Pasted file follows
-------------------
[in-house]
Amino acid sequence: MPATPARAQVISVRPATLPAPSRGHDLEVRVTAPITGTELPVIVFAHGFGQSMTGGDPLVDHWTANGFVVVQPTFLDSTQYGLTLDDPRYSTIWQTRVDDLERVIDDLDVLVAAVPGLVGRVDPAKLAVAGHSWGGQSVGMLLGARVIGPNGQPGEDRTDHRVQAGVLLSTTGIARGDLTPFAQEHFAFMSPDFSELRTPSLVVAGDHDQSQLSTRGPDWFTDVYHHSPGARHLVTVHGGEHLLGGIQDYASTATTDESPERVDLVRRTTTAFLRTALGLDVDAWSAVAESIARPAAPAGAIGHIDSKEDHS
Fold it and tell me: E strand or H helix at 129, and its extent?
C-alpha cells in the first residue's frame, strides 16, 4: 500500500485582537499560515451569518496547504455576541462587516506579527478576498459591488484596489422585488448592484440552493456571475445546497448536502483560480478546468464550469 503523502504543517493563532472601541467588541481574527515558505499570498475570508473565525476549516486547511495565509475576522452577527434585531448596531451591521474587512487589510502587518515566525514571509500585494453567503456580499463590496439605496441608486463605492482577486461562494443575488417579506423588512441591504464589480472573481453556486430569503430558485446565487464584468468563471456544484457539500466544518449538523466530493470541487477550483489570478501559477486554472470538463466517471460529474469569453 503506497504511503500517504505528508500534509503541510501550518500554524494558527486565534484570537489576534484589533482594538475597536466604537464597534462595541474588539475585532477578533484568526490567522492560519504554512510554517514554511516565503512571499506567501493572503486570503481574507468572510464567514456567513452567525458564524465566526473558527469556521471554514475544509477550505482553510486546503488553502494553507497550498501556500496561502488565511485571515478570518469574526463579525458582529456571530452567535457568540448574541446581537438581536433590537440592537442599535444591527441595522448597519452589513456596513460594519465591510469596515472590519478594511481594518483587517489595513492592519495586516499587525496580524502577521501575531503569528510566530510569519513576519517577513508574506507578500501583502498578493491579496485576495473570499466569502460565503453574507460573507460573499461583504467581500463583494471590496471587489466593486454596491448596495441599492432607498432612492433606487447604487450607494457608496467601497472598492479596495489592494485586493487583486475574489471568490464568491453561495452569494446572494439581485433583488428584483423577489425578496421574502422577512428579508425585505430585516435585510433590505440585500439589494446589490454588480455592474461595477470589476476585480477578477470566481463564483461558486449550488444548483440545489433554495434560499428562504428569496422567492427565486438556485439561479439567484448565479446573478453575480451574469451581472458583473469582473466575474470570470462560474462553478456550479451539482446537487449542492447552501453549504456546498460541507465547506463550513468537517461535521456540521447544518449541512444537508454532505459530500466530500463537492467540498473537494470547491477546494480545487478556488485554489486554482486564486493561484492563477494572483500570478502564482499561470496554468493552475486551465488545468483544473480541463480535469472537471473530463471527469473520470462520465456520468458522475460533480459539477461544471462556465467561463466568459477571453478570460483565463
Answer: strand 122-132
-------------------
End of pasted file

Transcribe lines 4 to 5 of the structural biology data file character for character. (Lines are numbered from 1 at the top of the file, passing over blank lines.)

C-alpha cells in the first residue's frame, strides 16, 4: 500500500485582537499560515451569518496547504455576541462587516506579527478576498459591488484596489422585488448592484440552493456571475445546497448536502483560480478546468464550469 503523502504543517493563532472601541467588541481574527515558505499570498475570508473565525476549516486547511495565509475576522452577527434585531448596531451591521474587512487589510502587518515566525514571509500585494453567503456580499463590496439605496441608486463605492482577486461562494443575488417579506423588512441591504464589480472573481453556486430569503430558485446565487464584468468563471456544484457539500466544518449538523466530493470541487477550483489570478501559477486554472470538463466517471460529474469569453 503506497504511503500517504505528508500534509503541510501550518500554524494558527486565534484570537489576534484589533482594538475597536466604537464597534462595541474588539475585532477578533484568526490567522492560519504554512510554517514554511516565503512571499506567501493572503486570503481574507468572510464567514456567513452567525458564524465566526473558527469556521471554514475544509477550505482553510486546503488553502494553507497550498501556500496561502488565511485571515478570518469574526463579525458582529456571530452567535457568540448574541446581537438581536433590537440592537442599535444591527441595522448597519452589513456596513460594519465591510469596515472590519478594511481594518483587517489595513492592519495586516499587525496580524502577521501575531503569528510566530510569519513576519517577513508574506507578500501583502498578493491579496485576495473570499466569502460565503453574507460573507460573499461583504467581500463583494471590496471587489466593486454596491448596495441599492432607498432612492433606487447604487450607494457608496467601497472598492479596495489592494485586493487583486475574489471568490464568491453561495452569494446572494439581485433583488428584483423577489425578496421574502422577512428579508425585505430585516435585510433590505440585500439589494446589490454588480455592474461595477470589476476585480477578477470566481463564483461558486449550488444548483440545489433554495434560499428562504428569496422567492427565486438556485439561479439567484448565479446573478453575480451574469451581472458583473469582473466575474470570470462560474462553478456550479451539482446537487449542492447552501453549504456546498460541507465547506463550513468537517461535521456540521447544518449541512444537508454532505459530500466530500463537492467540498473537494470547491477546494480545487478556488485554489486554482486564486493561484492563477494572483500570478502564482499561470496554468493552475486551465488545468483544473480541463480535469472537471473530463471527469473520470462520465456520468458522475460533480459539477461544471462556465467561463466568459477571453478570460483565463
Answer: strand 122-132